The latest edition of Our Changing Planet, USGCRP's annual report to Congress, highlights progress in advancing science, informing decisions, conducting assessments, and engaging with diverse audiences. The report also spotlights interagency priority areas, including climate predictions, global change in the Arctic, water extremes, and actionable science.
PostedMay 5, 2015
National Climate Assessment, Physical Climate, Scenarios, Modeling, Mitigation, Carbon Cycle, Adaptation
USGCRP has selected a set of emissions scenarios and climate projections to focus on for the next quadrennial National Climate Assessment. These scenarios and projections will provide a consistent basis to assess the potential future impacts of climate change and related policy choices.
PostedAug 21, 2014
Physical Climate, Observations, Modeling, Mitigation, Carbon Cycle
New NASA research shows that Earth's atmosphere contains an unexpectedly large amount of carbon tetrachloride (CC14), an ozone -depleting chemical that was banned worldwide decades ago. According to the study, global emissions of CCl4 average 39 kilotons per year—approximately 30 percent of peak emissions prior to its banning.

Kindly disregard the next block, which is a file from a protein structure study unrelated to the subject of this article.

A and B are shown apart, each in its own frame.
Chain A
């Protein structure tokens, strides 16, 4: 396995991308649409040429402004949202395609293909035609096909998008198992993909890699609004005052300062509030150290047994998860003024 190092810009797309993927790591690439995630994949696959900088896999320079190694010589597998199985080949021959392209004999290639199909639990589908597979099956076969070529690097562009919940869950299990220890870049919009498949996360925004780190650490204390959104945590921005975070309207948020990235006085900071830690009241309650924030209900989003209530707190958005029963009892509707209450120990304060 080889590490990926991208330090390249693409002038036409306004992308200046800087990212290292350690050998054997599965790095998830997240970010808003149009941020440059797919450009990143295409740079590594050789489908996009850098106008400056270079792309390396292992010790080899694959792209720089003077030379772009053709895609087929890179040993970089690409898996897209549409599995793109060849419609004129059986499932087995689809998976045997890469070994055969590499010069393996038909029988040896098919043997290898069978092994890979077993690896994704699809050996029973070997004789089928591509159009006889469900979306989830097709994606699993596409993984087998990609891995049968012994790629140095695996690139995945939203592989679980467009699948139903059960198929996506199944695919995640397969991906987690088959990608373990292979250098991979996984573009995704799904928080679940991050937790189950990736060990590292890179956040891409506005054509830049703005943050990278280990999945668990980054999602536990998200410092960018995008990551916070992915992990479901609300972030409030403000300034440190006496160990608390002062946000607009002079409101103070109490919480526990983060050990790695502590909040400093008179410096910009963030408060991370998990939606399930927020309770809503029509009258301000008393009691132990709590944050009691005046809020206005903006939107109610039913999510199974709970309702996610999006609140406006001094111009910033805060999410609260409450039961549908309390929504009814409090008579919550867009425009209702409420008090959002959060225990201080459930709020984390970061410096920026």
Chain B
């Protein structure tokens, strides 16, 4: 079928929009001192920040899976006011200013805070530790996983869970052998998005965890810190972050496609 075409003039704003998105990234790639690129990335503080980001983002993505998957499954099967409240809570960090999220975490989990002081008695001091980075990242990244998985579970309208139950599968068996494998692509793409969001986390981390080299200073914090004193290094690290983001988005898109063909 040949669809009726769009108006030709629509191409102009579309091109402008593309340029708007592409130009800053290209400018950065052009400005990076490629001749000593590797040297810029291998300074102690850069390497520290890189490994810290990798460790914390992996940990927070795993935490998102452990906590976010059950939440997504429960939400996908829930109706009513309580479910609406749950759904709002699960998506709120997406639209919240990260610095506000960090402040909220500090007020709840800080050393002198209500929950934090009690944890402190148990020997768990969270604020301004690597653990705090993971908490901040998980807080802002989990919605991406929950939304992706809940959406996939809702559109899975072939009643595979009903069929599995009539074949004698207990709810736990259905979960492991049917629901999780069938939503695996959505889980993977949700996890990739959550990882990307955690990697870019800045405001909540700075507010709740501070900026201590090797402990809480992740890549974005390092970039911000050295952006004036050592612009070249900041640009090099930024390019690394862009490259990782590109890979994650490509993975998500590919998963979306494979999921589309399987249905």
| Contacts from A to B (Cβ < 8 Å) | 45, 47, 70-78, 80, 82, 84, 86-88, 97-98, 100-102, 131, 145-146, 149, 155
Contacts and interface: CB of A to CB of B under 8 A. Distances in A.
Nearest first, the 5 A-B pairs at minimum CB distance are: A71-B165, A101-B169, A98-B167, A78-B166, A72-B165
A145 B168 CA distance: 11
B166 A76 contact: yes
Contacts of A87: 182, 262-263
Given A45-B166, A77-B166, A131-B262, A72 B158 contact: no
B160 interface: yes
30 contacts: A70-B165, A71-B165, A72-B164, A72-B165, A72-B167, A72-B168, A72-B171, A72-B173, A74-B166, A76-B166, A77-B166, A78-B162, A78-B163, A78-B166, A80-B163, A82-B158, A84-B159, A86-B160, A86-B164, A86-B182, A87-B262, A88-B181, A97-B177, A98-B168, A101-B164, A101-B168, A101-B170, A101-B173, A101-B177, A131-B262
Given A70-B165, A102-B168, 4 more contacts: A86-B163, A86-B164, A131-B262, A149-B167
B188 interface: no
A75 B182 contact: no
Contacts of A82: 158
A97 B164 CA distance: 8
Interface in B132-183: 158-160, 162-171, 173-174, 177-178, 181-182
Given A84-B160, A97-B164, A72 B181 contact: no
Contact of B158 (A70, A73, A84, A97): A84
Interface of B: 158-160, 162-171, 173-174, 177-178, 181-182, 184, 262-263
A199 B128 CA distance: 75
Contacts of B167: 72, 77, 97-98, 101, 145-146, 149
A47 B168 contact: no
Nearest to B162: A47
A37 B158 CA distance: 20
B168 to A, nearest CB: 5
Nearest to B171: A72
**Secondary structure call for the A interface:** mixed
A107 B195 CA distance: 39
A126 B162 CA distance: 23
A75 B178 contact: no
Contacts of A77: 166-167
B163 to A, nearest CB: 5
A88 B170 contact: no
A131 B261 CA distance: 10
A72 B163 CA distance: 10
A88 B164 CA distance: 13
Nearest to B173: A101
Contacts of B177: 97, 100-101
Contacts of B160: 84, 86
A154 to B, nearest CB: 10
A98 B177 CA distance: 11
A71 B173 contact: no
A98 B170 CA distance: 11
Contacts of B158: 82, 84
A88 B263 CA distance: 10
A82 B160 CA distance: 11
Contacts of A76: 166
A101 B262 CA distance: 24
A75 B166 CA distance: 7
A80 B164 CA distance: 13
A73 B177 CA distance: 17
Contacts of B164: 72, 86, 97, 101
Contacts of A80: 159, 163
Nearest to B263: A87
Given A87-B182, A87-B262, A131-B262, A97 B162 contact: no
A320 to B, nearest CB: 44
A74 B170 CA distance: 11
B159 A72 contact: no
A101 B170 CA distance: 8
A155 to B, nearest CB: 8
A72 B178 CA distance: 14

PostedJul 22, 2013
Physical Climate, Scenarios, Modeling, Carbon Cycle, Energy
Two recently released animated NASA visualizations developed to support the forthcoming third US National Climate Assessment show projections of Earths temperature and precipitation patterns from today through the year 2100, revealing how low versus high emission scenarios would impact the planets climate.
PostedJun 12, 2013
Physical Climate, Modeling, Carbon Cycle, Arctic
NASA's Carbon in Arctic Reservoirs Vulnerability Experiment (CARVE) is probing deep into the frozen lands above the Arctic Circle in Alaska to measure emissions of the greenhouse gases carbon dioxide and methane from thawing permafrost signals that may hold a key to Earth's climate future.
PostedMay 19, 2010
Physical Climate, Observations, Modeling, Mitigation, Carbon Cycle, Energy, Adaptation
As part of its most comprehensive study of climate change to date, the National Research Council today issued three reports emphasizing why the U.S. should act now to reduce greenhouse gas emissions and develop a national strategy to adapt to the inevitable impacts of climate change.